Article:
Ice berg dead ahead!....cut your speed and head to port side!
No; that's not a line taken from a scene of "The Titanic" and there was definitely no romance; "arms held aloft; staring from the from the bow of a huge cruise ship into the blackness of the open sea" screaming "I'm the king of the world"....none of that!
But we were watching for ice flows and minding our speed.
It was on a early spring boat ride, with an old friend of mine, Kevin Ohara. I was extolling the virtues of waterfront property ownership and how in these troubled times it was the the best investment. He, on the other hand, I think, was for the most part just enjoying the day. He was suitably impressed with the listings we viewed, but mostly marveled at the beautiful scenery of that part of the Severn River, with it's windswept pines clinging to ragged rocky outcroppings and sparkling clear waters.
At this time of the year things are pretty quiet on "the river" and with the outboard off; all one might hear is the occasional chatter of a red squirrel and the gentle whisper of wind in the tree tops. (not every body's cup of tea, but heaven for some.)
It was April 16th and indeed still a fair bit of ice in the river and plenty in our bay as you can tell from the included pic.
Heavy flooding east of us this time of year on the trent is remedied, to some extent by releasing as much water through the lock system as possible and with that water comes floating debris and dead heads and of course chunks of ice.
As captain, of the ship it's my duty to skillfully navigate around said debris and ice flows to and from each listing, pointing out areas of interest on the tour, all the while watching my speed and time. (As it is necessary to return the client to shore at some point; who knows, maybe even when you promised to have them back.)
Whilst doing all of this it is also my mandate to sell them a cottage of course.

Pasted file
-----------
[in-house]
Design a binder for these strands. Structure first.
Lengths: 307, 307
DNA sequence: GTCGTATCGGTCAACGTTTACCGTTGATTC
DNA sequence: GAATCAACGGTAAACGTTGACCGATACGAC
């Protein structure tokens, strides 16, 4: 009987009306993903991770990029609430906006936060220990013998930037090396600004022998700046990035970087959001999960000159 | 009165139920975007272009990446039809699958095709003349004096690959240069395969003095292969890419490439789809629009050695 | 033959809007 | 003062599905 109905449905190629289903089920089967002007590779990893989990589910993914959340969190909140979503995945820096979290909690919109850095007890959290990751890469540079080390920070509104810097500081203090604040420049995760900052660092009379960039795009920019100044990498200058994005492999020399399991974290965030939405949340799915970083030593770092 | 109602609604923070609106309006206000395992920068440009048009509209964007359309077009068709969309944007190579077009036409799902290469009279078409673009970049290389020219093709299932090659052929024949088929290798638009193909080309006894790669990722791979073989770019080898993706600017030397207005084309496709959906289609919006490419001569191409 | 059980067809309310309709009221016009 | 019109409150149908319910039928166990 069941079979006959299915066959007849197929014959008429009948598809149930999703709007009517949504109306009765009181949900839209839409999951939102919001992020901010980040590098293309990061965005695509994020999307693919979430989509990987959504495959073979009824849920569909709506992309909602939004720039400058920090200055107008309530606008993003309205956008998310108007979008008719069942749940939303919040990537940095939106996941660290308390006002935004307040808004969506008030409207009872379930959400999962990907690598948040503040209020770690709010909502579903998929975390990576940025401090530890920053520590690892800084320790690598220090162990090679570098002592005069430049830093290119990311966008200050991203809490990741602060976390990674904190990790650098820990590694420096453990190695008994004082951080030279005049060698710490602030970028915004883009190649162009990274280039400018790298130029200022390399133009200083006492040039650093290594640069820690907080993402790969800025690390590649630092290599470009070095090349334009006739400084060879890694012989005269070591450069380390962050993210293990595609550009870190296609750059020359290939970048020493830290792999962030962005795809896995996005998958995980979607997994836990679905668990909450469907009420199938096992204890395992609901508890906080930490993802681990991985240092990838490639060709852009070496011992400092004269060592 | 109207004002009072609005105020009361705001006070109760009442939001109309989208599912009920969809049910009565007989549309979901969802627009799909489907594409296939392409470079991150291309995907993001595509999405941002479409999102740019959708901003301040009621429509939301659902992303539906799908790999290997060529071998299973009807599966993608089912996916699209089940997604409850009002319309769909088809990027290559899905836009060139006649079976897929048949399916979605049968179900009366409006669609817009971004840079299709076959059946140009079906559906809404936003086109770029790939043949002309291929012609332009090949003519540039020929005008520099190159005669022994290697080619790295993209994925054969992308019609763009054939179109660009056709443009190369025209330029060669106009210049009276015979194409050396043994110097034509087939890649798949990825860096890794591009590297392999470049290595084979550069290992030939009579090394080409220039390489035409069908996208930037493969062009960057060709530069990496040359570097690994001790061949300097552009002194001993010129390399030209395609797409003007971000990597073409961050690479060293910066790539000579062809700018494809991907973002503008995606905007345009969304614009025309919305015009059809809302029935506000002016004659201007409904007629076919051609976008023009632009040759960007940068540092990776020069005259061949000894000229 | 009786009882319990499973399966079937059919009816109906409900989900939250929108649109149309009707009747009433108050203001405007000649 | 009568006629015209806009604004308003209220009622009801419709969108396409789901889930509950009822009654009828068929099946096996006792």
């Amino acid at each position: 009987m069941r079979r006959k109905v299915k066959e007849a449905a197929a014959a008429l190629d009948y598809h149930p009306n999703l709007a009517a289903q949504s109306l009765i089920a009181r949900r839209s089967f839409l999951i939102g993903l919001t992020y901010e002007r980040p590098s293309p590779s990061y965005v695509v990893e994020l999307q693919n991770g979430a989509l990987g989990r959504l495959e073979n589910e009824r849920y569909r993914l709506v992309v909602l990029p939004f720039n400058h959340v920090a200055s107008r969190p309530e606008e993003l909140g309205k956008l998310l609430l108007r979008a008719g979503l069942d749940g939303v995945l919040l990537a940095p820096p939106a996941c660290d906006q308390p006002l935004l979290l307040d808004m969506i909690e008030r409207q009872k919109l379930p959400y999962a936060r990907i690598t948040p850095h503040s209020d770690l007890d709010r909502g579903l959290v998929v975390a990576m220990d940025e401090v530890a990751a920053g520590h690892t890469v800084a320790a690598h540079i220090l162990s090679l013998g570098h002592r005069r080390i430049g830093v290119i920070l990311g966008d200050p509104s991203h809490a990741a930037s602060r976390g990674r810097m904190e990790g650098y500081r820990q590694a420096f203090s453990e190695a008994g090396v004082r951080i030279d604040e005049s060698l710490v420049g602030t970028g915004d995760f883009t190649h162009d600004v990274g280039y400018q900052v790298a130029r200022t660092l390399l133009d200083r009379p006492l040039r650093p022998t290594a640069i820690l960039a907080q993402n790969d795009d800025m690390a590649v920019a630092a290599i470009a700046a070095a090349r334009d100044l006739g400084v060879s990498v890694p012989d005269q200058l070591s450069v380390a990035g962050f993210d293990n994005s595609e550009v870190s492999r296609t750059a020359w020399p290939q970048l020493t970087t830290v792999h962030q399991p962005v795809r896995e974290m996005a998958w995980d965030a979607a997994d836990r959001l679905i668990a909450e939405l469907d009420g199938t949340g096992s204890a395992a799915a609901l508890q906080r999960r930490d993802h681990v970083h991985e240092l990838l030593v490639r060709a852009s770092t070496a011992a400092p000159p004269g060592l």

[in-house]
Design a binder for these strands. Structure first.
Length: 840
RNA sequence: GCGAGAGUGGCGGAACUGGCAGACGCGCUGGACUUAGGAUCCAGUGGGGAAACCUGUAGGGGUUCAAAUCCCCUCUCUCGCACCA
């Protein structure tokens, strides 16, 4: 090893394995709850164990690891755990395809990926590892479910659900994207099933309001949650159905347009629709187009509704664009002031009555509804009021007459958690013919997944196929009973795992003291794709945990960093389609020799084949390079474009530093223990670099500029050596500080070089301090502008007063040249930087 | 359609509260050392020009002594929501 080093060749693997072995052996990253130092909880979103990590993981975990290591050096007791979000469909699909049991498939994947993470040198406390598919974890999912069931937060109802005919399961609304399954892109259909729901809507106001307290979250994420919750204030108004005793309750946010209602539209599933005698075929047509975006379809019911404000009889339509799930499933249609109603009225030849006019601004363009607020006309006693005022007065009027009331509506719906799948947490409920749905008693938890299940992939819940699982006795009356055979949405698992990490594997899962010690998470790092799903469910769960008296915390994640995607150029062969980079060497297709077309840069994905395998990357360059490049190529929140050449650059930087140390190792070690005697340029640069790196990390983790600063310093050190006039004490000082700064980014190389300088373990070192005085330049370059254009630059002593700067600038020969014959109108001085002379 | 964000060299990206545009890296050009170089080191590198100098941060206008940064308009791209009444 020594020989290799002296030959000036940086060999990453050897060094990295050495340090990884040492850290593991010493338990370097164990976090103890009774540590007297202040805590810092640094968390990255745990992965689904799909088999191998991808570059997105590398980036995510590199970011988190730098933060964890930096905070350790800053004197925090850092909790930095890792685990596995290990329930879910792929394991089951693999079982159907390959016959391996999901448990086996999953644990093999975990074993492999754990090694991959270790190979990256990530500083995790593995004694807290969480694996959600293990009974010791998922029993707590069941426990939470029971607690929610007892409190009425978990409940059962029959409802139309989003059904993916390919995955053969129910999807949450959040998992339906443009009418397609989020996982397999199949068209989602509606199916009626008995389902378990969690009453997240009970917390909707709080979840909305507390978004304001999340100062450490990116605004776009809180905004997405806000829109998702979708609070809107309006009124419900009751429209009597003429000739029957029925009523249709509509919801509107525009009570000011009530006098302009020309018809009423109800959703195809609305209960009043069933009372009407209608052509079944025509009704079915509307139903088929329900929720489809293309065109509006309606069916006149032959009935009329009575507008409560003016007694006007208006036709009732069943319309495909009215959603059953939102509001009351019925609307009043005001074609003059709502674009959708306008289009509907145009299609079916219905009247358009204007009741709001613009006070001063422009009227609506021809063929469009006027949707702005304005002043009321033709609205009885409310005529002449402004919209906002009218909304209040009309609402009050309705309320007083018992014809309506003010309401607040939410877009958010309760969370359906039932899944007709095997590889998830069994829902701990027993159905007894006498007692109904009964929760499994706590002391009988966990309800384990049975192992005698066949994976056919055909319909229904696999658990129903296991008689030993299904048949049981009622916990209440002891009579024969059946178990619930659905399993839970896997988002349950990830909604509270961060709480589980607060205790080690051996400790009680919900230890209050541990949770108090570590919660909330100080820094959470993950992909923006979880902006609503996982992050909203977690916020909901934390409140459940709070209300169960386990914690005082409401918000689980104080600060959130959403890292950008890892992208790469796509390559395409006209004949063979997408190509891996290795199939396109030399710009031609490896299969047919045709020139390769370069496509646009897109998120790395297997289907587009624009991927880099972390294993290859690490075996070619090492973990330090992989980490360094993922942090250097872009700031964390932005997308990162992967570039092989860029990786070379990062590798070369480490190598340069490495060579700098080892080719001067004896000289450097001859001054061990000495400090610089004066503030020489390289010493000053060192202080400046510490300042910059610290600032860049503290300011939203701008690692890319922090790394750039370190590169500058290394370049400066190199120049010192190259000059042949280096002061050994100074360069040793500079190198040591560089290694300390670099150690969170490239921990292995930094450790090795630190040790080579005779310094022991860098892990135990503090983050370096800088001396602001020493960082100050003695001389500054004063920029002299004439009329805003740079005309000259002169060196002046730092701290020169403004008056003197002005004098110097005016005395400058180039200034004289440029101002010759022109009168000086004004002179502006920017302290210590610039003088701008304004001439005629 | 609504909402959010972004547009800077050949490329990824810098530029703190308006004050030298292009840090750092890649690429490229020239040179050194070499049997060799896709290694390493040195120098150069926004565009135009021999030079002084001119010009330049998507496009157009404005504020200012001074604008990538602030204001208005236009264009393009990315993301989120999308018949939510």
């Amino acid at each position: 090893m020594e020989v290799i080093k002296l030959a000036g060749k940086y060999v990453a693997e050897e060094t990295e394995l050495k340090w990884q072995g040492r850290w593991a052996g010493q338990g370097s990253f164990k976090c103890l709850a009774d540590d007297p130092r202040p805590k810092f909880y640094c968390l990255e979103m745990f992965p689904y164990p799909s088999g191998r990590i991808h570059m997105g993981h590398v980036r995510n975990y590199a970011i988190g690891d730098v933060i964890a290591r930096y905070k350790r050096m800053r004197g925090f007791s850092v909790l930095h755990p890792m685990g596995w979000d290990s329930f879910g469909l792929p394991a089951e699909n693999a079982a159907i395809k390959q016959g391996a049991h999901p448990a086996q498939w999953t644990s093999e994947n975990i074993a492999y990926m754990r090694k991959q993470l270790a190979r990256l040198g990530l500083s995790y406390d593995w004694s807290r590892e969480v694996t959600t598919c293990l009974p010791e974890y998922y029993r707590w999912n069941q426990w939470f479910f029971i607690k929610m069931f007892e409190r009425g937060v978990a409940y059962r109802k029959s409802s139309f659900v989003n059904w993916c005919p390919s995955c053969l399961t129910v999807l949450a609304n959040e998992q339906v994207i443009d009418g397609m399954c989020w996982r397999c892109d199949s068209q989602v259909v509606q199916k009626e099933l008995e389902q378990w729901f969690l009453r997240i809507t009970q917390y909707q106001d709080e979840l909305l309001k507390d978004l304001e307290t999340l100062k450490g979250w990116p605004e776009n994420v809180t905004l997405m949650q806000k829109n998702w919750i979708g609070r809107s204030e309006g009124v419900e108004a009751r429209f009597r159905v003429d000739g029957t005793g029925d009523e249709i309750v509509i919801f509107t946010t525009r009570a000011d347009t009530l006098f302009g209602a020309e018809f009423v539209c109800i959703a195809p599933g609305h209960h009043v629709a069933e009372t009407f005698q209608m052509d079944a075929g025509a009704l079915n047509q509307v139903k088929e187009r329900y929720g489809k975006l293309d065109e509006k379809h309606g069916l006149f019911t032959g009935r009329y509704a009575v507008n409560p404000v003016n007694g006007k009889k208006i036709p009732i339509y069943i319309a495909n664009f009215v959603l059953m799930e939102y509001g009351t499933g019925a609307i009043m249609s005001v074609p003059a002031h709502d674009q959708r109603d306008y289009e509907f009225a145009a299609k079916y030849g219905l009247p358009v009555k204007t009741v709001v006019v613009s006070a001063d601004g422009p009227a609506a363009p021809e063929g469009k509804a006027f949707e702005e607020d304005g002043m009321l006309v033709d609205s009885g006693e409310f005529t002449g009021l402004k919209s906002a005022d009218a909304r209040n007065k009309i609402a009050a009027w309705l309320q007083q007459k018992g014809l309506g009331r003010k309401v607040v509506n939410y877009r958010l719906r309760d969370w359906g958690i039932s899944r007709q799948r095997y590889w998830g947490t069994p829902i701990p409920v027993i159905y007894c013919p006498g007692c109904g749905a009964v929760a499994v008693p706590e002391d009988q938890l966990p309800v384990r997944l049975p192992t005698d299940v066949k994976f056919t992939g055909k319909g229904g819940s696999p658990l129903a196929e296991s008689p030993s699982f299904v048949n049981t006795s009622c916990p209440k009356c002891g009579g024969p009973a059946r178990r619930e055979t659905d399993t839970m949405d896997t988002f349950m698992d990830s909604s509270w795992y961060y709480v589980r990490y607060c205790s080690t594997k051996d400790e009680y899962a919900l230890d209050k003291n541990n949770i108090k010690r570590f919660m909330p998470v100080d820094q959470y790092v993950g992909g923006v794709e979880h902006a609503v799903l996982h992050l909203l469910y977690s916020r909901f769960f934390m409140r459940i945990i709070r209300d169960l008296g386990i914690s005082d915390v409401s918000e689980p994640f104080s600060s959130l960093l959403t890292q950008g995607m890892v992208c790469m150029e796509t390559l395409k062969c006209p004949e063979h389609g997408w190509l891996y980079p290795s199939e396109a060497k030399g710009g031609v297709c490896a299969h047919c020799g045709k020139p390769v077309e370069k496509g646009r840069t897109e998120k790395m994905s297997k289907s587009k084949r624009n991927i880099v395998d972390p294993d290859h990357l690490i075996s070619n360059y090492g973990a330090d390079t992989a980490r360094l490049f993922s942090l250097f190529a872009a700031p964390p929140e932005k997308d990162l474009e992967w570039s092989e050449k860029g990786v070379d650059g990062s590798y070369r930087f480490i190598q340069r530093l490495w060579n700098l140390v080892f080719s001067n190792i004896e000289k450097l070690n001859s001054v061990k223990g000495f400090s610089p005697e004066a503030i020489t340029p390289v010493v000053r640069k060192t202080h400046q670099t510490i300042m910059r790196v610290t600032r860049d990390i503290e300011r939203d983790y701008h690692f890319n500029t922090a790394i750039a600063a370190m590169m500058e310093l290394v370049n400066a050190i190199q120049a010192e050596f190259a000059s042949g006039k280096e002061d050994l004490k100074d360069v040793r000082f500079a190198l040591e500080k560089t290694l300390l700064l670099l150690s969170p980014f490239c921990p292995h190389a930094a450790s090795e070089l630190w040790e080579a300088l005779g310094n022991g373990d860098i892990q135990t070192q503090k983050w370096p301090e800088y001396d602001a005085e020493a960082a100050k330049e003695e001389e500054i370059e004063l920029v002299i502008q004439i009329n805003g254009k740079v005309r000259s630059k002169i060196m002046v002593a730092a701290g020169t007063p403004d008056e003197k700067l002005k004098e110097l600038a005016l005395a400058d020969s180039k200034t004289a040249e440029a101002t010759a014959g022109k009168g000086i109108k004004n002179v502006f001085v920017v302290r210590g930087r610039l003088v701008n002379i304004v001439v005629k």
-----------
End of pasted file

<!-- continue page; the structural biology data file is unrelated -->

I've often said that decisions to "buy" are generally made during a sunshine filled tour of our section of the "trent" with it's meandering channels, private bays, inlets, and outlets marked by picturesque little dams like that at Pretty Channel and Lost Channel.
"After that it's just a matter of choosing which cottage they want."
On this day I was "rambling on" as I sometimes tend to (big shock eh?) .....I think I was getting to the part where I tell folks that "Yep; I pretty much know these waters like the back of hand" when I casually carved off the end of the channel; a route I have taken many times before; but maybe not in an off-plane boat position and apparently not with the water level reduced by about 18 inches in that area.
As I'm sure you can guess, it wasn't the ice flows or the dead heads, or the floating debris that was my undoing; it was in fact "what lurks beneath".
A loud noise and a sudden jar from below interrupting my tour commentary and I am sure throwing doubt on my prowess as a local expert.
In the end most of the damage was to my ego; the skeg showing just a little scar and the prop escaping harm completely.
One must "chalk these things up to experience" and not dwell too deeply on one minor incident during what was otherwise a great day on the water.
After all we both survived.
And there was definitely no need for any tearful rendition of "My heart will always go on" by Celine Dion !